Deep dive on Giving in Numbers: How business is supporting veterans
Date: November 12, 2018
Photo: Stuart Parker, CEO of USAA, talks with a veteran at one of the homeless shelters that USAA supports
The U.S. Department of Labor in October celebrated the continued improvement of the unemployment rate for veterans since with a 2.9 percent, down from 3.7 percent in 2017 (the non-veteran unemployment rate in comparison is 3.5 percent). This accomplishment is in large part due to the efforts of leading companies and nonprofits that have broken down barriers to veteran employment such as translating job skills from military to civilian work roles and communicating the high-value veterans bring to the workplace.
In CECP’s Giving in Numbers: 2018 Edition, we highlight three companies—Comcast, Boeing, and USAA—that understand the competitive advantage veterans bring to the workplace and have created a pipeline to attract and retain these former service members. These companies also invest deeply in holistic support of active military personnel, veterans, and their families in recognition of their contributions to the strength of our communities.
USAA serves millions of military service members and their families with insurance, banking, and investment services —but their commitment to the military goes beyond their business. Nationally, USAA’s signature cause for corporate citizenship is military family resiliency. The company dedicates 60% of its philanthropic investment to military causes that include aiding military caregivers and families of the fallen, facilitating financial readiness for service members, and fostering fulfilling careers for veterans and military spouses. Furthermore, where USAA has a physical location and significant employee presence, USAA invests in causes that include education, natural disaster response, and support for families in need or facing homelessness.
USAA pledged $2.1 million in 2016 to support the Mayors Challenge to End Veteran Homelessness, part of a White House Joining Forces initiative. The initiative provided a path to permanent housing for 1,335 veterans, leading toward an effective end to veteran homelessness in San Antonio, Texas. This accomplishment was a major milestone; however, some veterans become newly homeless or remain at-risk.
Recognizing that the issue is ongoing, USAA contributed nearly $1.3 million more in 2017 to six local nonprofit organizations fighting homelessness in San Antonio. Two-thirds of these funds helped sustain the effective end of veteran homelessness, while the remaining one-third was earmarked to support the general homeless population. To further support homeless veterans, USAA employees and retirees raised more than $500,000 in 2017-18 at their annual Bowl-a-thon. Proceeds benefited the San Antonio Regional Alliance for the Homeless.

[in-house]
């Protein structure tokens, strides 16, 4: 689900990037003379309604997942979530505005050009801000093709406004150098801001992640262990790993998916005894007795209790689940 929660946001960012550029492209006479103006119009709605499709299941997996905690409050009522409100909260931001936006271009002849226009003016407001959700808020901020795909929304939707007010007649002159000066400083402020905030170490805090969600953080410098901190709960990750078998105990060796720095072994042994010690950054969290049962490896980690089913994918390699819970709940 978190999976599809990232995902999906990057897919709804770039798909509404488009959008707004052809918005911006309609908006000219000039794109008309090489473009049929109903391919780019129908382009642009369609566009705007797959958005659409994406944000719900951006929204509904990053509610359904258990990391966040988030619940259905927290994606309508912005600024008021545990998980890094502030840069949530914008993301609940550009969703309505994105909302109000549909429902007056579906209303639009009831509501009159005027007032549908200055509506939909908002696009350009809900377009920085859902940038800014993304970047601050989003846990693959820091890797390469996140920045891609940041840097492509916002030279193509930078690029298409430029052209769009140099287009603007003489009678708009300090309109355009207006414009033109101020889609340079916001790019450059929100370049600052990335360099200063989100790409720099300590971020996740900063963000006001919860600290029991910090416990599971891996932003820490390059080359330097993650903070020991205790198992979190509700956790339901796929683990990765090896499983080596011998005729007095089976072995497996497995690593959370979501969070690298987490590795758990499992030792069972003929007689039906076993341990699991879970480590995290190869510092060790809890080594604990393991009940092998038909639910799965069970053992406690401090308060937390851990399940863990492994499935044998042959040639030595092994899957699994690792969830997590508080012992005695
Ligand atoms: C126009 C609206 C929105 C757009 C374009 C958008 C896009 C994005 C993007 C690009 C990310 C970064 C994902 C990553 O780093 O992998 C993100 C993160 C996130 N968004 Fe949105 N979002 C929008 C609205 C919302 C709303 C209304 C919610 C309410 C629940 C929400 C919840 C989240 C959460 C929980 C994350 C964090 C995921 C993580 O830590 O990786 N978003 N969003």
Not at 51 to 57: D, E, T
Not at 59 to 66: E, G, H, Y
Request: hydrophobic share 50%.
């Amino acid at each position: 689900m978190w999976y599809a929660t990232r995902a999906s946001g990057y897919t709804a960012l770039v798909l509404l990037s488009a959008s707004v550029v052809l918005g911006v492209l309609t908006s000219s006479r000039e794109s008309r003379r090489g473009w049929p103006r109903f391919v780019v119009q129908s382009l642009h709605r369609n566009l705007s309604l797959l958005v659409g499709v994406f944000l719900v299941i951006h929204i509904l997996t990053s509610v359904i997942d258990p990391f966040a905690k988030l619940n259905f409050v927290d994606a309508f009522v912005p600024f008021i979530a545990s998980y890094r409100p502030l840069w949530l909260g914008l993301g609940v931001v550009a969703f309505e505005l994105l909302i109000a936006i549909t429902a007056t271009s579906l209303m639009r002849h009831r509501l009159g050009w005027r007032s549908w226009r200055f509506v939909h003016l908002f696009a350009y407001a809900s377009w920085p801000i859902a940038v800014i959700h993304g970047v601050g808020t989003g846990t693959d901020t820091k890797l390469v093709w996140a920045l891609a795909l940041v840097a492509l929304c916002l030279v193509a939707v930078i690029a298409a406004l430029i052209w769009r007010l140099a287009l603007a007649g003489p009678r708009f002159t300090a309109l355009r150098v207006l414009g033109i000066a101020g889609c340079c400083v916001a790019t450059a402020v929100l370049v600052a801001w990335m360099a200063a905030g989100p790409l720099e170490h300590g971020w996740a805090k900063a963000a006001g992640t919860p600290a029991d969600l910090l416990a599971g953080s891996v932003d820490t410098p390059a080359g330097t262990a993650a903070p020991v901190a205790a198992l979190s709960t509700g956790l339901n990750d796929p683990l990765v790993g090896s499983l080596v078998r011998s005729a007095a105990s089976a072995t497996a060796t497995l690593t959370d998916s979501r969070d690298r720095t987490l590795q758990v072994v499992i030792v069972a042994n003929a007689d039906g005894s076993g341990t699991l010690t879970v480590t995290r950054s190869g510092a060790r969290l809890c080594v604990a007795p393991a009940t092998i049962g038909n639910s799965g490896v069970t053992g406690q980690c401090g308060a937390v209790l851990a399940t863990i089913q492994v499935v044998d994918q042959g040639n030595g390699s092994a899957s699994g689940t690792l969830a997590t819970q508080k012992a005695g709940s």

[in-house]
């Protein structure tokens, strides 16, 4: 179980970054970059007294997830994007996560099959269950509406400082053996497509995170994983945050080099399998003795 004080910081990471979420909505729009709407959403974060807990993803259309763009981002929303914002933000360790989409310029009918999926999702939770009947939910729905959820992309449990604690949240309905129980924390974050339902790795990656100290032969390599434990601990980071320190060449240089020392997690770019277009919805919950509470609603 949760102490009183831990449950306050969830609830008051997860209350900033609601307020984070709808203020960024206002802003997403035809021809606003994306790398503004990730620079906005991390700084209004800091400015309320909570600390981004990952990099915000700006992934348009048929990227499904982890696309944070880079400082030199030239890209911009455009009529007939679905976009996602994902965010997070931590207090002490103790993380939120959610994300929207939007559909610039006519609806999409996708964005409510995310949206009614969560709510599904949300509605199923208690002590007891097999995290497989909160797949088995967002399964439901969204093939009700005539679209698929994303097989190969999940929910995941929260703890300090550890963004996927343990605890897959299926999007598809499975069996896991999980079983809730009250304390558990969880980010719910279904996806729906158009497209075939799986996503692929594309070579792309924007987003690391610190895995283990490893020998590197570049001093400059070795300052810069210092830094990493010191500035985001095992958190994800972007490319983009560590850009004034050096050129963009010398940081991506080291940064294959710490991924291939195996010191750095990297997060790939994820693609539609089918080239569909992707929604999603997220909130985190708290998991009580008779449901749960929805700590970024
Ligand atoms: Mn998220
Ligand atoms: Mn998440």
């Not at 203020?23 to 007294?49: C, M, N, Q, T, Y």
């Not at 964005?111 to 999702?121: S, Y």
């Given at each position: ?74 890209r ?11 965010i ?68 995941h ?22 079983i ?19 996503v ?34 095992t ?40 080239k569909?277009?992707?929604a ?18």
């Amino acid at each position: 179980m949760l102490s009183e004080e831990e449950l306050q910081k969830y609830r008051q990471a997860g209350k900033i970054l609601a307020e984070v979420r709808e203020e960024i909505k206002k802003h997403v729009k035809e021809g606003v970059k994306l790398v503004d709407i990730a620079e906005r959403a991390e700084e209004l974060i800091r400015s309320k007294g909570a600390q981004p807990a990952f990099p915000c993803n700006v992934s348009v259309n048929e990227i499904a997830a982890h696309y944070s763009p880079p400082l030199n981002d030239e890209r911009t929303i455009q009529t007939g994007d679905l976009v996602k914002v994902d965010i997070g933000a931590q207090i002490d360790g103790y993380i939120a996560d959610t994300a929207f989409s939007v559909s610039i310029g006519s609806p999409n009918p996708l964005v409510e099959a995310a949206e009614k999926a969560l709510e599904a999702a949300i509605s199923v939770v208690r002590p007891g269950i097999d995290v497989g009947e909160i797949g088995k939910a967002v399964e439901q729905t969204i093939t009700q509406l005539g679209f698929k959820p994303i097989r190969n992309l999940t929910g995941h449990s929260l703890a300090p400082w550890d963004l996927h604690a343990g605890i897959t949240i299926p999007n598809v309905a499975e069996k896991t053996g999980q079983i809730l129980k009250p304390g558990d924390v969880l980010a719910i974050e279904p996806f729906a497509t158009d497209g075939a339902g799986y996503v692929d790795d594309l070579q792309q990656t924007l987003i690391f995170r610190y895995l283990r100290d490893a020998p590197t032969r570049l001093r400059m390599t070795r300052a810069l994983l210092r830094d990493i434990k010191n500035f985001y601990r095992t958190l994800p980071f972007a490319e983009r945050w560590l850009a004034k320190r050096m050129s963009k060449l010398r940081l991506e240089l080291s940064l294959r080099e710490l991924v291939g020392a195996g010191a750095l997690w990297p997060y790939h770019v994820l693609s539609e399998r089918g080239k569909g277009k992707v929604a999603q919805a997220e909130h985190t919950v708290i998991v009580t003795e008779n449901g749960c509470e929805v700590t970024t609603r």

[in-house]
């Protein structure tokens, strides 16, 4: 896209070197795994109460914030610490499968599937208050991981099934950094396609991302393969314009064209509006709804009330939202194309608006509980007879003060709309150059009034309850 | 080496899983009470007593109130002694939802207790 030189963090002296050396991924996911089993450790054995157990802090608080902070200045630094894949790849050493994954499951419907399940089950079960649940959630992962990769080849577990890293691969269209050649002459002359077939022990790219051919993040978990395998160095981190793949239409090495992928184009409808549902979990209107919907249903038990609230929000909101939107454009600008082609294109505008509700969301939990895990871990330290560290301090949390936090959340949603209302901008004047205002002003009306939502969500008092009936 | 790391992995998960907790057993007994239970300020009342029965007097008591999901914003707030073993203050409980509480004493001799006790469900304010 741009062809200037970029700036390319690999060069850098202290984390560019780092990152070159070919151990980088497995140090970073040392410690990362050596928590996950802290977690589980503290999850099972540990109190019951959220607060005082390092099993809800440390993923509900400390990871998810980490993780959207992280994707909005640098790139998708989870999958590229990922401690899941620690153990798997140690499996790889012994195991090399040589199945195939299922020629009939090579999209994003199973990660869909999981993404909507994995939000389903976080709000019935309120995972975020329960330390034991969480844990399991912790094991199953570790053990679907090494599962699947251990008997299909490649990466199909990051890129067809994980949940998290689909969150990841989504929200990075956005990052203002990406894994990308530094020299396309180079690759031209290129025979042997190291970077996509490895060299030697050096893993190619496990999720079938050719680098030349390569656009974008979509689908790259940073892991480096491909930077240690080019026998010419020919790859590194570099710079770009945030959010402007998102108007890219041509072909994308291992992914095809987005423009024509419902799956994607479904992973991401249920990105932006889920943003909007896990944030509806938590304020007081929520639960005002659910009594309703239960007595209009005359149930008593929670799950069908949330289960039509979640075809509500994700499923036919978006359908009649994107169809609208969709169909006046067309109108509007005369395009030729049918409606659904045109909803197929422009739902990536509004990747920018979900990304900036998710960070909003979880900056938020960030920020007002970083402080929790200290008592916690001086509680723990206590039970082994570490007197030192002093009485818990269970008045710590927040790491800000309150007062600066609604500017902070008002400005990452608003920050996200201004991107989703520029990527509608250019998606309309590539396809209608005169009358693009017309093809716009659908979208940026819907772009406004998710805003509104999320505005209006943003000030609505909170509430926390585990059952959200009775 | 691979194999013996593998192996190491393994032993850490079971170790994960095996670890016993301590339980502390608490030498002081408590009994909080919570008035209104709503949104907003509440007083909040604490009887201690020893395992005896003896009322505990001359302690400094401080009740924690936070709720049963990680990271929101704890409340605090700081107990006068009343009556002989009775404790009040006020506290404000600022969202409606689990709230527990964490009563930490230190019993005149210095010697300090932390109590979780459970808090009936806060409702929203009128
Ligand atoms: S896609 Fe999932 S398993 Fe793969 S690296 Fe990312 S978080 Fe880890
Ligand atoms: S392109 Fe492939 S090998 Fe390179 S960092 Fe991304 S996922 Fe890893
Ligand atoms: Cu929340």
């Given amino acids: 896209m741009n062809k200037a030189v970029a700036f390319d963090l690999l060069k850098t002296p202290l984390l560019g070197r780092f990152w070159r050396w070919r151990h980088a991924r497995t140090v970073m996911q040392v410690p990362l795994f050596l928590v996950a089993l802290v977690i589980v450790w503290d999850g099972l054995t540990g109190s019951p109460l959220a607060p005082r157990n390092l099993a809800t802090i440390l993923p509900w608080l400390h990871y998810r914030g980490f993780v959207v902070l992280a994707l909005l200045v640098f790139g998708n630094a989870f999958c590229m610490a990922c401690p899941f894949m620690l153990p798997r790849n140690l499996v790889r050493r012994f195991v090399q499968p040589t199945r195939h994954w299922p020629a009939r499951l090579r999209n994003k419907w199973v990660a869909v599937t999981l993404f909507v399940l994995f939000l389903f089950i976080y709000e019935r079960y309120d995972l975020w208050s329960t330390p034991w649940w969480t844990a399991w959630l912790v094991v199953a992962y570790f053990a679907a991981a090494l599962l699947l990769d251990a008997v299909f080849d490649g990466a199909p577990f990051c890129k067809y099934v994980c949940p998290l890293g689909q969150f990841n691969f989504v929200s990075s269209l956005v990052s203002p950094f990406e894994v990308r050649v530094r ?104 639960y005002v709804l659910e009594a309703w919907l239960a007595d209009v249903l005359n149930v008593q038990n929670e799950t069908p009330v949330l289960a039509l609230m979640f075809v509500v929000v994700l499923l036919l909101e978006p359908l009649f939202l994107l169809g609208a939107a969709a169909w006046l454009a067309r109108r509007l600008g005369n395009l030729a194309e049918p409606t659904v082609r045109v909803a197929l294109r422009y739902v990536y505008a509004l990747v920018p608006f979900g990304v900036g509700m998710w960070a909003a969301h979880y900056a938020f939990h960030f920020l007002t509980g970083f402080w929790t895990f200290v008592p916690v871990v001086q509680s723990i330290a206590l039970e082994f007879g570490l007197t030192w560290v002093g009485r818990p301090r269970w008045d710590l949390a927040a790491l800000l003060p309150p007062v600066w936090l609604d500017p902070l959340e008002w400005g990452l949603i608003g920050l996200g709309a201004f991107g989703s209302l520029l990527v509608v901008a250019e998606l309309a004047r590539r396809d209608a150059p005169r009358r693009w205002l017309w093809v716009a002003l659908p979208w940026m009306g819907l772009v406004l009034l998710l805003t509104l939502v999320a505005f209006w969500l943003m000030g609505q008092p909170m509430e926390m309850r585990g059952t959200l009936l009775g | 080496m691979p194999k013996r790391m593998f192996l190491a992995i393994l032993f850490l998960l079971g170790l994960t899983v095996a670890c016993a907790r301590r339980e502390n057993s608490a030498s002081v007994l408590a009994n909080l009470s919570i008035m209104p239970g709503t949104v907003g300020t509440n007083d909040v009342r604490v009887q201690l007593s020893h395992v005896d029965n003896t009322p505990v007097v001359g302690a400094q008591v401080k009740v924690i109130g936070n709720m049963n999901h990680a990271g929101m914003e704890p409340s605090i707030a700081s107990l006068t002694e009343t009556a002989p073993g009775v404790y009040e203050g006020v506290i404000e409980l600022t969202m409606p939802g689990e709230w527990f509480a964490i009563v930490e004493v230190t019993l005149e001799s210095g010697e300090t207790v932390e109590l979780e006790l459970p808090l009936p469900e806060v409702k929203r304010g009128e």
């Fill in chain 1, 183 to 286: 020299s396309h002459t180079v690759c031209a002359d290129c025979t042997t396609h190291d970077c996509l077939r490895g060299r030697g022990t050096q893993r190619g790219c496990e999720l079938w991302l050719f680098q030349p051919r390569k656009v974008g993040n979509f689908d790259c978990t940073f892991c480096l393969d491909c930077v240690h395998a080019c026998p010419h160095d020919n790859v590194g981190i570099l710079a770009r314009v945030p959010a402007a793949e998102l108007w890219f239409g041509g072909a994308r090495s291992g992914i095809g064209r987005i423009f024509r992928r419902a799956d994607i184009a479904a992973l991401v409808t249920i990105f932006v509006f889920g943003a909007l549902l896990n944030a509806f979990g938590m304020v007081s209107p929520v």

Since U.S. Navy veteran Ralph J. Roberts founded Comcast in 1963, the company has been committed to supporting the veteran and military community. Comcast recently announced it will expand its recently-surpassed goal to hire 10,000 members of the military community between 2015 and 2017; the new goal seeks to add 11,000 military community members to the company, bringing its total to 21,000 military hires by the end of 2021. It has also built a culture of support to retain, develop, and empower the military community. This culture goes to great lengths to help smooth the transition from military service to civilian life, offering mentoring programs and networking opportunities to help members grow professionally and personally.
In addition to being a robust employer of veterans, Comcast also partners with nonprofit partners, such as nonprofit accelerator Bunker Labs, to support veteran entrepreneurs in the community. As the first corporate sponsor of Bunker Labs, Comcast has helped to support the Chicago-based nonprofit’s growth to 17 locations nationwide since 2014. Comcast’s support of Bunker Labs has allowed the organization to support entrepreneurs in a more comprehensive way—allowing military veteran John Doan, for instance, to start Mobility4All, his own door-to-door assisted rideshare service for seniors and people with disabilities.
Representing 15% of its workforce—about 20,000 employees—veterans are valued at Boeing for their hard-earned skills. Boeing’s focus is on easing the military-to-civilian transition process, which it accomplishes through offering training for the workforce transition, supporting recovery and rehabilitation programs that focus on post-traumatic stress and suicide prevention and levering employee volunteerism in veteran-specific communities. Its commitment to transition facilitation is embedded in company practice—such as the Military Skills Translator, an online tool to help match veterans’ military skills to current job opportunities at Boeing—but also extends outward to the community.
In October 2017, Boeing announced a $5 million, multi-year donation to help expand United Service Organizations (USO) Pathfinder, a national employment-readiness program for transitioning military service members. These funds will target the planned nationwide expansion to 25 support centers by 2020, at which USO “Scouts” work one-on-one with transitioning service members and their families. The Scouts help transitioning members identify personal and professional goals while connecting them to resources across areas of need: employment, education, financial readiness, veterans’ benefits, housing, and health and wellness.